Dog Blog

Tuesday, January 20, 2009

Bubba, Peaches (Bassets for Obama), and I watched our new President Barack Obama take the Oath of Office together this morning.  Even though I couldn't be in Washington D.C. to share in the moment of this historic inauguration, I felt the energy and excitement all the way here in Sacramento. The sun was shining warm and bright here today, which seemed a perfect reminder that America's Dark Ages are over as Bush finally leaves the White House, and now begins a new Age of Obama, of renewed hope for our nation's Renaissance.  As he said, there is much work to be done, but I have faith that under his wise and intelligent leadership, our country can be great and respected among peace-loving nations once again.



Sunday, January 04, 2009

As we were walking our dogs on Friday afternoon, a little white schnauzer followed us down the street.  It had no collar or tags and didn't look very well cared for.  She looked like she'd been on the run awhile. Probably got lost over the holidays, I figured, which is fairly typical.  I had no way to tether her as we walked back toward our house, and she veered right out in the street and was nearly hit by a truck.  I screamed, and she turned back to the sidewalk in the nick of time to avoid disaster.  I'd just come from seeing Marley and Me, the saddest dog movie since Old Yeller, so witnessing a dog die even more horribly than Marley would have finished me off.

I picked her up and carried her the rest of the way home, soiling my clean coat, but it's just a coat, and I could clean it again.  I put her in the gated front patio with my two bassets.  Peaches liked the dog, but Bubba took an immediate dislike to her and was having no part of another intruder in his domain.  He's never really accepted Peaches.  Obviously, we couldn't keep the stray schnauzer and no way was I going to take her to Animal Control.  Then I thought of my mom, who still grieves for the loss of Flash, her mini-schnauzer that died years ago.  She's been so depressed since my dad died.  This little dog might spark up her life a bit and be good company for her and her Scottie, Laddie, I hoped.  It was worth a try, and since we were going to pick her up to go out to dinner for my birthday, we took the dog with us.  She nuzzled under my arm and looked up at me with questioning chocolate drop eyes as we drove to Mom's house.  I felt so sorry for this little dog lost and was trying hard not to get attached to her.  

The dog stayed overnight with my mom, and she seemed to like her, except for her ear-splitting, high-pitched yip, which she said made Laddie want to hide.  I guess Mom had forgotten over the years that schnauzers do that.  The next morning there were "Lost Mini-schnauzer" signs posted all over our neighborhood with the dog's photo on them.  I didn't return the dog right away.  I figured I'd let its owners sweat it out for a day because they had been so careless with their dog.  Perhaps they might appreciate her more if they didn't get her back so easily.  I've seen people like this so many times.  You know them, too.  The kind of pet owners who continue to let their dog roam the neighborhood, putting the animal's life at great risk.  They seem assured that some kind neighbor will routinely deliver their pet back to their doorstep, which is usually what happens because people come to recognize the errant pet from past escapes.  Before long, they don't bother to even come looking for their dog.  By the end of the day, I had learned from neighbors who had "lost" the dog.  It was a woman who always has a pile of cat cages and litter boxes stacked in front of her house.  Lovely.  I have always suspected she is an animal hoarder but don't know for sure.  Judging from the unkempt condition of her dog, it seems more than likely.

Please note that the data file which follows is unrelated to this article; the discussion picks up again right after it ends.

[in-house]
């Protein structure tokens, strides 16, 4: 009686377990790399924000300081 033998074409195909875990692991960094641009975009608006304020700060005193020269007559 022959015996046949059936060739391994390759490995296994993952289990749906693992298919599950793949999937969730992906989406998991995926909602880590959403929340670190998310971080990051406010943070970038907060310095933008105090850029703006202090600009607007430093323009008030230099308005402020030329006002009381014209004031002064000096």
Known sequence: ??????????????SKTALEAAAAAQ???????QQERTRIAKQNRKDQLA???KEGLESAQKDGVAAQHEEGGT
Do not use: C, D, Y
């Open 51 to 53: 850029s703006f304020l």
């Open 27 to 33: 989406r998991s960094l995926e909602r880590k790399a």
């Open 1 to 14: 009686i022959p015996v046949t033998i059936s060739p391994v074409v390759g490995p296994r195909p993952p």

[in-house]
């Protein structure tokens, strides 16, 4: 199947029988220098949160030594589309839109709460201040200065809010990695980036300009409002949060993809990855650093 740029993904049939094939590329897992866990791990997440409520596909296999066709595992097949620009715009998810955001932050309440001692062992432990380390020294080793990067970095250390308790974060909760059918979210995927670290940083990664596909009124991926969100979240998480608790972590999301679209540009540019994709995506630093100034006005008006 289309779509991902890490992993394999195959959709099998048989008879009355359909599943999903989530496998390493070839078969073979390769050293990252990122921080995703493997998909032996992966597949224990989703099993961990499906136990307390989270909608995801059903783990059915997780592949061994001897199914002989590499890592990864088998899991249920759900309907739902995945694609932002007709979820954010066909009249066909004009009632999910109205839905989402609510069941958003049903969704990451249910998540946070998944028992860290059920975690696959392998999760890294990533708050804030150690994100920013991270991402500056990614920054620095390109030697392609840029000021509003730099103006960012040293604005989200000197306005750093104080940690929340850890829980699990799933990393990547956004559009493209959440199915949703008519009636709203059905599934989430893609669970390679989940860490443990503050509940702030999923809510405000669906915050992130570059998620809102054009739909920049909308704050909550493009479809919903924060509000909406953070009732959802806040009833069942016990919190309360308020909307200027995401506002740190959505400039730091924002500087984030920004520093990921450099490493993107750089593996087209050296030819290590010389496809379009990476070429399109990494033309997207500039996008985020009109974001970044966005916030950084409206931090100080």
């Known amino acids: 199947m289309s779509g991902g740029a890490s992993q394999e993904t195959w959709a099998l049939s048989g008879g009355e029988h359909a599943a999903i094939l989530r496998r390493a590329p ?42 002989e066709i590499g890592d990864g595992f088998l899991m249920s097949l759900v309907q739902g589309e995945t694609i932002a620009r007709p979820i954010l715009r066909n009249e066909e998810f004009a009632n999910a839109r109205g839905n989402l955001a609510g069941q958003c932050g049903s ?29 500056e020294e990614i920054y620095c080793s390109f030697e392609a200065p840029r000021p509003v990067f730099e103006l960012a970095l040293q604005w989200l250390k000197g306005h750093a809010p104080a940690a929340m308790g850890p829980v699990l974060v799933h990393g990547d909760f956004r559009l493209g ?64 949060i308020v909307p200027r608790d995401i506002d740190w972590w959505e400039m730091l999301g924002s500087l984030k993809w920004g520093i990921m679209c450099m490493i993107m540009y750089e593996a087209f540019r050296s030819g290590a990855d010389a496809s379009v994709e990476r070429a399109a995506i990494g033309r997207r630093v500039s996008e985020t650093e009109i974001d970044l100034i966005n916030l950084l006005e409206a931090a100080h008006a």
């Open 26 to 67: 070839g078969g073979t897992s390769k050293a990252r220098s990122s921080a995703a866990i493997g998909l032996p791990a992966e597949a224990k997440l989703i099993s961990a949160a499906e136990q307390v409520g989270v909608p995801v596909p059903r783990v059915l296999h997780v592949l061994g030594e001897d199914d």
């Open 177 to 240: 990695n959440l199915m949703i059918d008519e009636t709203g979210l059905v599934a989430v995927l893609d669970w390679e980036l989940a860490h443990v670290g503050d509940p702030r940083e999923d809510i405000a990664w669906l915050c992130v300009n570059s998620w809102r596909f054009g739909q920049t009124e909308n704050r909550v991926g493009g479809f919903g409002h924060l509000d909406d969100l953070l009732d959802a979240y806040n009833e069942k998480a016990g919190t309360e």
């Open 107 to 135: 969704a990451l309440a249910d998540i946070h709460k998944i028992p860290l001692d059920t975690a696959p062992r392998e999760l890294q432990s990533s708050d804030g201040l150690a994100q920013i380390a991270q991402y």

I was tempted to let my mother keep the dog since I think people like this who permit the gardener or anyone else to let their dog out of their yard, and don't bother to put ID on their pet to ensure its safe return, don't really deserve to keep a dog as a pet.  I knew Mom would give "Heidi" a far better home than they had done, but I gave my mother the phone number and let her make the decision whether to call them or not.  In the end, she decided to call, and they came and got their dog.  I think she was sorry she had, though.  The woman, who Mom said didn't seem very pleasant, insisted that Heidi was completely an indoor dog.  If that's so, then why when I passed their house this afternoon did I hear Heidi yipping at their gate outside in the freezing cold?  If I ever see that dog wandering loose again, she will be re-homed with someone who gives a damn about her.